So that's why I will always recommend a BaK4 vintage binocular for the brightest images. Because it's true!  coolnod.gif  


Edited by SMark, 11 July 2021 - 07:28 PM.

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#18 Rich V.

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Posted 10 July 2021 - 11:52 PM

 

Forget the argument against my perception for a moment.

Is it not round?  

attachicon.gifC9A67C72-48EE-4C83-9EF6-9827AE057437.jpeg

What I perceive, is an almost large enough Bak-7 prism to eliminate the diamond shape exit pupil. Even in the dim photo, if you look closely, the diamond shape is a shadow that can be seen through to reveal the round field stop.

Yes, the exit pupil appears round in the image to me.  I don't see the "square" dimming like the low light pic but I wish there was a uniform light colored background, though, so any dimming could be seen more easily.  If it's the same bino in both dim and brighter pics, we know the dimming is still there even if it's more difficult to see under brighter conditions.  The BK7 prism never cuts the transmission down to zero so the exit pupil remains round but less than fully illuminated in each of the four prism face's axes. Transmission is decreased but never to zero.  Clearly, though, each of the four faces suffering from this partial dimming lowers the total amount of light available at the exit pupil whether you can see it or not.  That's why BK7 binos are ultimately dimmer than otherwise similar BaK4 binos as SMark points out.

 

Rich


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#19 Echolight

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Posted 11 July 2021 - 01:57 AM

Yes, the exit pupil appears round in the image to me.  I don't see the "square" dimming like the low light pic but I wish there was a uniform light colored background, though, so any dimming could be seen more easily.  If it's the same bino in both dim and brighter pics, we know the dimming is still there even if it's more difficult to see under brighter conditions.  The BK7 prism never cuts the transmission down to zero so the exit pupil remains round but less than fully illuminated in each of the four prism face's axes. Transmission is decreased but never to zero.  Clearly, though, each of the four faces suffering from this partial dimming lowers the total amount of light available at the exit pupil whether you can see it or not.  That's why BK7 binos are ultimately dimmer than otherwise similar BaK4 binos as SMark points out.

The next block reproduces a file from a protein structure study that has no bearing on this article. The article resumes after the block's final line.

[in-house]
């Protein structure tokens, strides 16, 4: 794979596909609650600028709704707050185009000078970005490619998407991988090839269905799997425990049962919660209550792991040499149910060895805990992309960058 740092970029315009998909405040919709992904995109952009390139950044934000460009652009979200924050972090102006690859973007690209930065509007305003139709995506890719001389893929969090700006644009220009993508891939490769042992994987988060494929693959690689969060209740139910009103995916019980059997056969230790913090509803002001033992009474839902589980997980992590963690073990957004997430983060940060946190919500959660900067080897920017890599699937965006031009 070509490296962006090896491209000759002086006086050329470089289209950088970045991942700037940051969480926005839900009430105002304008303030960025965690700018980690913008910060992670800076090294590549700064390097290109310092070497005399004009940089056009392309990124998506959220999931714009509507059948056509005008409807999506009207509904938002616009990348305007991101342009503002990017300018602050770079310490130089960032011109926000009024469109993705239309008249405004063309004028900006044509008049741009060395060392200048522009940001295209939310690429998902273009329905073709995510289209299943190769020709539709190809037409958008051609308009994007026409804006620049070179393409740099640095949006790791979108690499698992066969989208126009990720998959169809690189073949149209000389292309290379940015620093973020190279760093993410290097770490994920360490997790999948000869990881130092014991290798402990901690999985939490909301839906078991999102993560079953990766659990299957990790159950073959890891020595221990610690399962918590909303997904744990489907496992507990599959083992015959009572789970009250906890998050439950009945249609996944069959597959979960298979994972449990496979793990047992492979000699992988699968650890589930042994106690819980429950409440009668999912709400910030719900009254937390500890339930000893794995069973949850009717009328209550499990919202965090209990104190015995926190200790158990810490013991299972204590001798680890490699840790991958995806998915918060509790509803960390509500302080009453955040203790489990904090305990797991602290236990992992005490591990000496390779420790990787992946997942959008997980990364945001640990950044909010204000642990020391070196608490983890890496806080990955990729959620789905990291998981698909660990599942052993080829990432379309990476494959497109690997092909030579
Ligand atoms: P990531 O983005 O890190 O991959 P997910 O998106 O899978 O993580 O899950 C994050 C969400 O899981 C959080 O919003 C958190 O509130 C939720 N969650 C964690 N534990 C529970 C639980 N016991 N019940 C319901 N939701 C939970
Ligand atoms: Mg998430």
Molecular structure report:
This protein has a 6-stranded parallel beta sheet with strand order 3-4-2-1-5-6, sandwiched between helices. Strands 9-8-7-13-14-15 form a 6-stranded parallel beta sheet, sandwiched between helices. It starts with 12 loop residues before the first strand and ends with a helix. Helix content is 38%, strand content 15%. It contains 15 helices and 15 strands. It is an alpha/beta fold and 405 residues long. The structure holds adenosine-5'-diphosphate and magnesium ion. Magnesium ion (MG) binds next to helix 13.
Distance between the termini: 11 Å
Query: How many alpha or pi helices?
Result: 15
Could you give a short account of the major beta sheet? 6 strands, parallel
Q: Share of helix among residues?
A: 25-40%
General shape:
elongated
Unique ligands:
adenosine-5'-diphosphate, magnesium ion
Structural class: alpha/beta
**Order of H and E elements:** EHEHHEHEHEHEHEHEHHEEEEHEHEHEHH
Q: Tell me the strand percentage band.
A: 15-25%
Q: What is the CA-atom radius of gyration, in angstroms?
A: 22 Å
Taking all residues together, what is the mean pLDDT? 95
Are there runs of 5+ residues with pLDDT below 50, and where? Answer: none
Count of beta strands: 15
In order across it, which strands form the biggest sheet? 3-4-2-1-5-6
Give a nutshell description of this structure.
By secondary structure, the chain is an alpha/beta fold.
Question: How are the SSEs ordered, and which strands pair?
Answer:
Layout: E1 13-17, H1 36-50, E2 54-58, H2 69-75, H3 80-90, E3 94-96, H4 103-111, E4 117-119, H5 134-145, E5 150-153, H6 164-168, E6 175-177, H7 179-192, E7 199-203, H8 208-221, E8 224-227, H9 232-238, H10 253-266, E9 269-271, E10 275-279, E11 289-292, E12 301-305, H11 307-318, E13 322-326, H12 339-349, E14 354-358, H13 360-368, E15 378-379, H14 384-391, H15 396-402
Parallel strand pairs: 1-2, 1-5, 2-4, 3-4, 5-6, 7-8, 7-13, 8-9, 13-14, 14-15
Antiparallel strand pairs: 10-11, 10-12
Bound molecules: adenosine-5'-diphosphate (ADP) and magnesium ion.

Rich

Now you think it’s not the same binoculars! You think I’d go through the trouble to create some kind of exit pupil farce? And then need an explanation or lecture from you. Ha! Y’all are way too full of yourselves.

Of course it’s the same binocular. 

Anyway, I would always prefer Bak4. And am not proposing that BK7 is equal. I wasn’t the one who started this thread suggesting that.
I just thought it was interesting that the exit pupils on this particular binocular looked different depending on the level of light that was available.


Edited by Echolight, 11 July 2021 - 01:59 AM.


#20 Neil Sanford

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Posted 11 July 2021 - 07:41 AM

As to Echolight's above post #19, I propose that anyone inclined to offense by his argumentative language let it be, and that we return to this worthwhile (though not new) topic.  Certainly in his second paragraph, all 4 sentences seem quite reasonable. 

 

I have a BK7 in work by Cory.  It is somewhat unusual and I am excited by its prospects.  Will report. 


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#21 Pinac